He had been lying in bed for hours now without sleeping at all. When he had been in the healing wing, the healers had given him pain killing herbs that had helped him to sleep. While normally he avoided any concoction that a healer tried give him; after nearly two weeks without sleep, he was getting desperate. He would lie in his bed, but sleep would not come. It was frustrating and angering, which did not help at all. Then, if he even began to fall asleep, he was back there. Whenever he got even close to sleeping, he saw the faces of the orcs leering at him, heard their taunts, and at times even felt the sting of their whips. He knew that it wasn't real, but it was enough to keep him from sleeping. But he was so tired…
It made him not want to sleep anymore; he could not go back there, even if it was only in his mind. He sat up and rested his throbbing head in his hands trying to will his headache away. He looked out his window; the moon was bright tonight. He needed to get up and move, he was far too restless to even try to stay in bed any longer. His body craved sleep, but his mind feared it. After sitting on his bed for several minutes, his mind was made up. He stood up, grabbed his bow and quiver, leapt nimbly from his window to the trees and climbed down. Making his way to the archery range, he took in the familiarity of the forest at night. The sounds and smells were soothing and the gentle breeze and cool air were refreshing.
In a few minutes, he stood at the archery range, gazing at the targets. He let his mind wander, and he could not help but to flash back on the past several months: the tiny, dank cell; the days without food; the jeers of his captors; the sting of the whip; the pain of perpetual hunger. He drew his bow and let the arrow fly; it hit the target dead center. His body was tense; he was almost trembling as the memories assailed him. He fired arrow after arrow, as though the target was his enemy, faster than a human eye could comprehend. He remembered each one of the orcs that had hurt him, the way he constantly felt dizzy from blood loss, the way he had longed for the sight of the sun, stars, and trees… He was so lost in the rhythm and his thoughts that he was unaware of the presence behind him. When he reached back for another arrow and someone else caught his hand instead, he whirled around while simultaneously drawing one of his long knives. He knocked the other to the ground and had his knife at their throat in an instant. Sweating, panting, and trembling, Legolas found himself gazing into the worried eyes of his father.
"Legolas," Thranduil said gently, "it is me. Relax, I am not your enemy."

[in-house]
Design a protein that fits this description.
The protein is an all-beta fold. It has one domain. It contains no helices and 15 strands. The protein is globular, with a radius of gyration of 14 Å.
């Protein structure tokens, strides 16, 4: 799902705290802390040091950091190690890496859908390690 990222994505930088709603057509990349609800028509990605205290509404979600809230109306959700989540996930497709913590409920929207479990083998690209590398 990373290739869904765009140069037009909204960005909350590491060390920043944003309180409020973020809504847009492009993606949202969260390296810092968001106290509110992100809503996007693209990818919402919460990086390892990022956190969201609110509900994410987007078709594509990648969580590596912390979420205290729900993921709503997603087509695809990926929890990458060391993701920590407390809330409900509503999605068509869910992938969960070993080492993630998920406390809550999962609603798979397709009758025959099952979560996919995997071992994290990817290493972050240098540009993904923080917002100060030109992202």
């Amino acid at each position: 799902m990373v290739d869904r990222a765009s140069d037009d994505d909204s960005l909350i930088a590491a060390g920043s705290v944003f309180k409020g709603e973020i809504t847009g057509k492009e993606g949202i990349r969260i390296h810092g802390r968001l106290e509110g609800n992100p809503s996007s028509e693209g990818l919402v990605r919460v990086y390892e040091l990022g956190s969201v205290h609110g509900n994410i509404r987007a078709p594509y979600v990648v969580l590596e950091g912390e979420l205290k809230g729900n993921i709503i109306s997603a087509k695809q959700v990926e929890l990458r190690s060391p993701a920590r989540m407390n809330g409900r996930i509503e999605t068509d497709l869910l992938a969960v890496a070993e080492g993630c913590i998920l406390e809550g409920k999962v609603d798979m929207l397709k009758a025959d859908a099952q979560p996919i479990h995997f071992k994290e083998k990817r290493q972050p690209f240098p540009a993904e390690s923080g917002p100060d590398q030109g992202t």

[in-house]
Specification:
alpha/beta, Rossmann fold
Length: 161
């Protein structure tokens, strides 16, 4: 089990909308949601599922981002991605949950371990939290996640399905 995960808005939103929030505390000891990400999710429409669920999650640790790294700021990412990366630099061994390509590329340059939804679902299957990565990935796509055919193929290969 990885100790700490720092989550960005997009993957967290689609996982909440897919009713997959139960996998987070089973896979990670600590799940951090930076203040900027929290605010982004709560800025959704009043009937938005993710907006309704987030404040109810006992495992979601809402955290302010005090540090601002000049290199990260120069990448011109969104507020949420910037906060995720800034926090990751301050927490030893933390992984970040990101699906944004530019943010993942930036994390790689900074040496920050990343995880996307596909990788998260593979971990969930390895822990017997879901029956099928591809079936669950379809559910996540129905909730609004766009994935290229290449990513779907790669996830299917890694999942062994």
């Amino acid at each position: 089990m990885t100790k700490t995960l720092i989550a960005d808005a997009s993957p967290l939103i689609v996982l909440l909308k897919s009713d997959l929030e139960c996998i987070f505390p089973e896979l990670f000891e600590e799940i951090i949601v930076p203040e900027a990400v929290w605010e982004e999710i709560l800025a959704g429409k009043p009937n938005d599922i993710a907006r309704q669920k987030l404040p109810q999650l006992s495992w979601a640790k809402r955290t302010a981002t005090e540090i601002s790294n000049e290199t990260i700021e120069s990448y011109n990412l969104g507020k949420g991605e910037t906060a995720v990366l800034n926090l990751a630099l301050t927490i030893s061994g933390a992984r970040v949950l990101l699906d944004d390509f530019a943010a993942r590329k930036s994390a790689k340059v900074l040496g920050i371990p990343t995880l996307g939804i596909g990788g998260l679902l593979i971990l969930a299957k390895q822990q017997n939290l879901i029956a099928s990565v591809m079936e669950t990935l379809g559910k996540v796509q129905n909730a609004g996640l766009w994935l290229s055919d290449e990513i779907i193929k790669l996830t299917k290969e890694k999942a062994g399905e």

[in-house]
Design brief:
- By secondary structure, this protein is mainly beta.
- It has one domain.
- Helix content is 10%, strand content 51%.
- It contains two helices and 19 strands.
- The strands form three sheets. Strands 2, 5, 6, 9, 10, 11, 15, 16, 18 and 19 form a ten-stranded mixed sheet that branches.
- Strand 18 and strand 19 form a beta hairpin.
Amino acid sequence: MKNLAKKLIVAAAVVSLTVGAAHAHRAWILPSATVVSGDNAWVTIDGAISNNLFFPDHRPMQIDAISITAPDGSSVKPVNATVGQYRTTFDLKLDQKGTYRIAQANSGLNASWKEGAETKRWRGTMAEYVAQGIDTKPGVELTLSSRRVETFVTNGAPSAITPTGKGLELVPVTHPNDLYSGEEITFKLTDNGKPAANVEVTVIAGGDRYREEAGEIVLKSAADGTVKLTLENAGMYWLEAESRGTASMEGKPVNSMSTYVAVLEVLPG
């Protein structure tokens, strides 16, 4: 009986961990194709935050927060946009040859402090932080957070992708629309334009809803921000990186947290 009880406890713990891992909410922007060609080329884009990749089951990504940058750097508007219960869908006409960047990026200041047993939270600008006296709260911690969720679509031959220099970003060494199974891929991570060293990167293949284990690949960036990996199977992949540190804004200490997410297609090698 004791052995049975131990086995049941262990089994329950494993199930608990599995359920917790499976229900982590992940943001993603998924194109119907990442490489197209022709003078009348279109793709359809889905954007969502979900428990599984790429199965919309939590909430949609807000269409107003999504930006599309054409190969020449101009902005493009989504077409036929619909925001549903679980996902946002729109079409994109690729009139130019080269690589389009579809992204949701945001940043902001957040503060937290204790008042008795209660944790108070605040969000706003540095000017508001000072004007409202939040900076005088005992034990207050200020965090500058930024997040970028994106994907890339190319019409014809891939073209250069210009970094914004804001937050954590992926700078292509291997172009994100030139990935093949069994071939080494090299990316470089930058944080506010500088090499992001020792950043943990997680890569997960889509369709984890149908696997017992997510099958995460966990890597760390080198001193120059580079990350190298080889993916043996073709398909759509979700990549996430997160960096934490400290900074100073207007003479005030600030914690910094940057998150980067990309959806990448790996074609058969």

Still shaking, Legolas lowered his knife and sat on the ground beside Thranduil.
For a moment Thranduil said nothing, allowing an uneasy silence to fall between them. Legolas sat with his head down. He had dropped his knife but was clenching his bow in his hands, uncertain of what his father would say and think now.
"Legolas," Thranduil said quietly, "we need to talk."
Legolas bit his lip and did not reply. He was well aware of what his father wanted to talk about, and he also knew that talking about it meant reliving it and that was the last thing that he wanted to do. He could not do that, not yet, "I can't Ada, please, it is too soon."
Thranduil looked at him, concern evident in his eyes, "I do not think that it can wait. You are free of that place and yet it still holds you captive. I know that you have not been sleeping or even eating properly since you have returned. I am worried about you."
Legolas shook his head, "Don't be, it will just take time. I'm—"
"Fine?" Thranduil finished for him offering him a small, half-hearted smile, "No, Legolas, you are not fine. You are anything but fine. What happened to you was terrible, but you survived it, but you have not overcome it yet. If you talk about it, perhaps you can move on."
"You don't understand!" Legolas shot back, becoming angry, "I am trying to move on; everyday I tell myself that I am home and safe but whenever I close my eyes I am back there! I am leagues away from that place and yet it is with me always. Adar, they…" he could not even continue. Memories assaulted him and he was no longer standing in a glade in Mirkwood with his father but instead alone in a cold and dark cell in bowls of Dol Guldur. The memories were so strong that he could barely breathe; he closed his eyes and tried to leave them behind, but it was as though the damn had been broken and he could not stop the tidal wave of memories. He fell to his knees, completely overwhelmed by the intangible onslaught. He was a warrior, he was supposed to be strong and valiant, and that had never been a problem before, but he did not even have an enemy to fight now, there was no distraction to be had from the perpetual pain.
Thranduil was at his son's side in an instant. Without hesitation he pulled Legolas into his arms, "You are free of that place Legolas; you survived and you are stronger because of it, someday you will know this."
Legolas held onto his father tightly, as he had not done since he was but an elfling. Thranduil's heart clenched as he felt the tremors that ran through his son's still too thin form. He pulled away slightly, "Look at me, Legolas. You will make it through this, I know it, and the sooner you believe this the sooner it will happen. Now talk to me, tell me what is going on."
Legolas sat back and sighed, slowly gaining control of himself, "Nothing, I just could not sleep."